Colombo initially trained as a painter at the Brera Academy of Fine Arts and joined the Nuclear Painting Movement before studying architecture at Milan Polytechnic. In 1962 he opened his own design office and led progressive Italian design with a series of products in new materials, mostly in plastics. He was influenced by the atmosphere of Pop art and worked on many experimental ideas including multi‐functional, mobile ‘living units’ such as the exhibition of Italy: The New Domestic Landscape shown at the Museum of Modern Art, New York, in 1972. His design innovations included one of the first one‐piece injection‐moulded plastic chairs and a complete kitchen on wheels. Similar ingenuity can be seen in his 1970 design of the brightly coloured ABS Boby trolley for Bieffeplast. Running on castors, with pivoting drawers and shelves, and multiple compartments, it was suitable for use as an office or bathroom organizer, bedside table, or storage unit. Colombo received many design awards, among them two Compasso d'Oros in 1967 and 1970. He worked for a wide range of companies, amongst them Comfort (including the 1963 Astrea armchair and sofa) and Kartell (including the 1975 Universale chair in ABS, as well as many lights).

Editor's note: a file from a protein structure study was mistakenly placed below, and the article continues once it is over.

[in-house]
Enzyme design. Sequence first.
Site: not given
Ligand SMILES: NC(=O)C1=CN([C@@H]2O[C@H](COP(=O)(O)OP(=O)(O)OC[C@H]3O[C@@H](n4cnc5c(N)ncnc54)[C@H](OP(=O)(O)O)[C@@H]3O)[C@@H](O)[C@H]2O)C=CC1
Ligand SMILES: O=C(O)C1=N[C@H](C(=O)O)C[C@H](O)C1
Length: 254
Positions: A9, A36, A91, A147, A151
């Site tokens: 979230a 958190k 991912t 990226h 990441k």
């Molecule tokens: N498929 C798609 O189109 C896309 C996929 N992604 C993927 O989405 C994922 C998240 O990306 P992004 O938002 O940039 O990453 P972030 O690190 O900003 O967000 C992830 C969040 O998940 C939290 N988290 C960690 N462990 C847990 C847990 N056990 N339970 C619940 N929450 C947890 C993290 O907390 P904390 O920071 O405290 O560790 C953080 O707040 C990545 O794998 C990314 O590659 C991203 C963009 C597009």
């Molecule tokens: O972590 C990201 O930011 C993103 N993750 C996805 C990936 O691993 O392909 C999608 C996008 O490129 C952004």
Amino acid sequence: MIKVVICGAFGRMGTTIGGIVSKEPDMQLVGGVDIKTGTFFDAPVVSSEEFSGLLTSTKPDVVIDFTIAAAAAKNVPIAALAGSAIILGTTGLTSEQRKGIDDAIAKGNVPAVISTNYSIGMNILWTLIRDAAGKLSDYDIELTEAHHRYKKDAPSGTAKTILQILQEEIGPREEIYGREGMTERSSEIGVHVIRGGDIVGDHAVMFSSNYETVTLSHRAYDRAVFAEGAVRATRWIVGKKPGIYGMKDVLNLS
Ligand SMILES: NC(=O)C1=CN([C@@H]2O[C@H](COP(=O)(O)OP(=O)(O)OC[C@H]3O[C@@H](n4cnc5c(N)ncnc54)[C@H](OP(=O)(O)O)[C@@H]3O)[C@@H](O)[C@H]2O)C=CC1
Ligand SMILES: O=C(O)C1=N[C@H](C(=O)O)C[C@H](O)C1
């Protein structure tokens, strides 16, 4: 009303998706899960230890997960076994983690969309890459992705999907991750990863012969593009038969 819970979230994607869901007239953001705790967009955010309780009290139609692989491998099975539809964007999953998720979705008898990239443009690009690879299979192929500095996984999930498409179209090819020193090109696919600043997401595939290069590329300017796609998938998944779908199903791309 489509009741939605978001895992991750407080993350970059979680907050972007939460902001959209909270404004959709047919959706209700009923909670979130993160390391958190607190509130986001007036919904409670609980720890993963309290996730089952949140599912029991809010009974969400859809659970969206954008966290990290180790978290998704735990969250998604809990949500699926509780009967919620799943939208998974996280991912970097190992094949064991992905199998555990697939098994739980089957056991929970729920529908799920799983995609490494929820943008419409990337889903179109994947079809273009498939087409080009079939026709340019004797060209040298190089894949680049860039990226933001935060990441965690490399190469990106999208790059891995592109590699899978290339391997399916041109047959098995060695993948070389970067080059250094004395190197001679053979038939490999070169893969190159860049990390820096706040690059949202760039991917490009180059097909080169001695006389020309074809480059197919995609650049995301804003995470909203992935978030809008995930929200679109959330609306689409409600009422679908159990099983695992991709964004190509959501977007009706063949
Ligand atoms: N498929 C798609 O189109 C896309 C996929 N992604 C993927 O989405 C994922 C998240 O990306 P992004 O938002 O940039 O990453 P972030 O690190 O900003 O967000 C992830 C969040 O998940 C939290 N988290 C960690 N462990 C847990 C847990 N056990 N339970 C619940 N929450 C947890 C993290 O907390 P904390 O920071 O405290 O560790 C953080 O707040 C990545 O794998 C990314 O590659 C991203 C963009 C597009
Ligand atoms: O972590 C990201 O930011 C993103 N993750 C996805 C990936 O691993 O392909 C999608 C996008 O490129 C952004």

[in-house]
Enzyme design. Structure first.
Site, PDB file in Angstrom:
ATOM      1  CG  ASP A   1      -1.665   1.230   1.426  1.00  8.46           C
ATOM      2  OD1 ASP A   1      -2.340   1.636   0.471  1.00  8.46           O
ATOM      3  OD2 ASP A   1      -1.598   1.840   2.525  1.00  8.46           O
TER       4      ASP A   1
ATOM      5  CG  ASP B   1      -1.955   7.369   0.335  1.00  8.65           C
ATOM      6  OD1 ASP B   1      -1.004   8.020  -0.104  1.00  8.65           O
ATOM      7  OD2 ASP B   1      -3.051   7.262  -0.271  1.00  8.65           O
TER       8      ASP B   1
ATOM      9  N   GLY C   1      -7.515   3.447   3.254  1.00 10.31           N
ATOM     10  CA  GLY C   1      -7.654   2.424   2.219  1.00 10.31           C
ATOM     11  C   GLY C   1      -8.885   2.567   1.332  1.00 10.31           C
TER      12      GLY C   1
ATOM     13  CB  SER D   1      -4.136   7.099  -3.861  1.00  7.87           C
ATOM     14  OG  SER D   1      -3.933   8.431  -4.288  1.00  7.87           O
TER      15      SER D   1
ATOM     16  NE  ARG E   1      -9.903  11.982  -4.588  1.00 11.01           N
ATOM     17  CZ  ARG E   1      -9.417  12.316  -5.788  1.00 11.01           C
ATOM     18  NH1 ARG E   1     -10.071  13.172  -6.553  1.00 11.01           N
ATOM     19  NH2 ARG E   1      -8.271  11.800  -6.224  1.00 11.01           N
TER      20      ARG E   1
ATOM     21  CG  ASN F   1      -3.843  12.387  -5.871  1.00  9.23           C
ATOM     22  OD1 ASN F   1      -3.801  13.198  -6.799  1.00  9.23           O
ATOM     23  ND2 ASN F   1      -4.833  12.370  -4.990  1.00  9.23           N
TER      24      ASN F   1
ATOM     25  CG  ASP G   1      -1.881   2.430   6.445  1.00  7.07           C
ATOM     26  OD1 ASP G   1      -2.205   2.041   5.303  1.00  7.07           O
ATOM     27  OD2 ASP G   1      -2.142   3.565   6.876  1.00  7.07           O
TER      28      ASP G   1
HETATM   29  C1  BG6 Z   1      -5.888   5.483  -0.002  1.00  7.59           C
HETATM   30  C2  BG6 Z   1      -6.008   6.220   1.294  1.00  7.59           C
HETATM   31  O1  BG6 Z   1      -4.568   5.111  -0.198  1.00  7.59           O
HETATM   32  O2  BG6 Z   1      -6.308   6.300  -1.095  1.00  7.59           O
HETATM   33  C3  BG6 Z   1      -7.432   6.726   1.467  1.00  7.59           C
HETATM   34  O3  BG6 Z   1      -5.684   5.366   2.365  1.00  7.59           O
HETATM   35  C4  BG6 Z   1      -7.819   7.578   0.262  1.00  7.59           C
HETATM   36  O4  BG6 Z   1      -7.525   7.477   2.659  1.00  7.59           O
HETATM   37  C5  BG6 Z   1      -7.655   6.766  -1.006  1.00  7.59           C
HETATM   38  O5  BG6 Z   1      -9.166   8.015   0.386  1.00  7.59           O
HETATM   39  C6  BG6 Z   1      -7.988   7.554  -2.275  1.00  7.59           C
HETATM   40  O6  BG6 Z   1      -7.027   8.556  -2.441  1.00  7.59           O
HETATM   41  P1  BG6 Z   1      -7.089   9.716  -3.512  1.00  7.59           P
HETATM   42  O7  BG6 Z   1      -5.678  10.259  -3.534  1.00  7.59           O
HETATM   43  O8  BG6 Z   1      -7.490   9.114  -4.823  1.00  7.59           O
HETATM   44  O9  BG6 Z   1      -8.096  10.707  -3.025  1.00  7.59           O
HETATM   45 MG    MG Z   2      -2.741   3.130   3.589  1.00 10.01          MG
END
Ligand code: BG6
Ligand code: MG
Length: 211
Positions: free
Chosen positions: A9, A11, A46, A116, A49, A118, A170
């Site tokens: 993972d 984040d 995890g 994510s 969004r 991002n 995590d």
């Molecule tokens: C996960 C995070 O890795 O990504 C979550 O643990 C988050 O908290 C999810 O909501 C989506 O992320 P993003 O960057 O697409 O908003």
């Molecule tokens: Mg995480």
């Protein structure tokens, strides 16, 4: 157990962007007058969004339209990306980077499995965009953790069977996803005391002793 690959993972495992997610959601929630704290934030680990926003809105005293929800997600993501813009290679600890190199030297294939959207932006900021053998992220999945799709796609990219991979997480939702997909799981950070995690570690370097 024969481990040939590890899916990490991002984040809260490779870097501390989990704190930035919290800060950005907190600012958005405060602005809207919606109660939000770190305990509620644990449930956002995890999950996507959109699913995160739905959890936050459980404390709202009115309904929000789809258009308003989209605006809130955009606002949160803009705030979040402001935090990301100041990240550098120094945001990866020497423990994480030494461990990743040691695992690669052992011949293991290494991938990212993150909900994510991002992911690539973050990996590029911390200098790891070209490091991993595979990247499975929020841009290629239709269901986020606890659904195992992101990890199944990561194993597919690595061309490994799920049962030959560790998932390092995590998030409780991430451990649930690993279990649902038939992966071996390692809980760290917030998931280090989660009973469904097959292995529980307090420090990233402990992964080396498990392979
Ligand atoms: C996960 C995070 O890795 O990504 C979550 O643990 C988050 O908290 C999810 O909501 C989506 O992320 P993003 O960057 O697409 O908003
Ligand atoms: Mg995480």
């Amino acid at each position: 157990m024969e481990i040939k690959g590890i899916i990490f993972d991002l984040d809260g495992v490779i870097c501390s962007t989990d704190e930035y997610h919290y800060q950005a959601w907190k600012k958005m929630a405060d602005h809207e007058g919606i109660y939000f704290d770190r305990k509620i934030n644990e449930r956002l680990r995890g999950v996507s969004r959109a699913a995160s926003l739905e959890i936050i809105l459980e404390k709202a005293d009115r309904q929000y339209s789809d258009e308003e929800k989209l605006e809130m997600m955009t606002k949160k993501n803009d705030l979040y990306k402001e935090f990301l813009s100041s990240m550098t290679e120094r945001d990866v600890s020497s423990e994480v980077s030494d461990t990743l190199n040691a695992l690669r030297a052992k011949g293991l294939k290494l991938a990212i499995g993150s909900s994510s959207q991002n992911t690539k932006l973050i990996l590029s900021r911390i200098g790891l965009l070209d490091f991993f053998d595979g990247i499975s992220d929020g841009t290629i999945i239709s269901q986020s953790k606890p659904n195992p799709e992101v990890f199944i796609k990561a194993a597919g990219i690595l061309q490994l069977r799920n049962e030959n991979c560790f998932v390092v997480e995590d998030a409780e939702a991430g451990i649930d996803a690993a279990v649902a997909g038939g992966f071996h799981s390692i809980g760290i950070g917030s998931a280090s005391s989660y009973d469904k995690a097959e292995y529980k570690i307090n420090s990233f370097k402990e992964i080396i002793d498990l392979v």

Subjects: Industrial and Commercial Art — Decorative Arts, Furniture, and Industrial Design.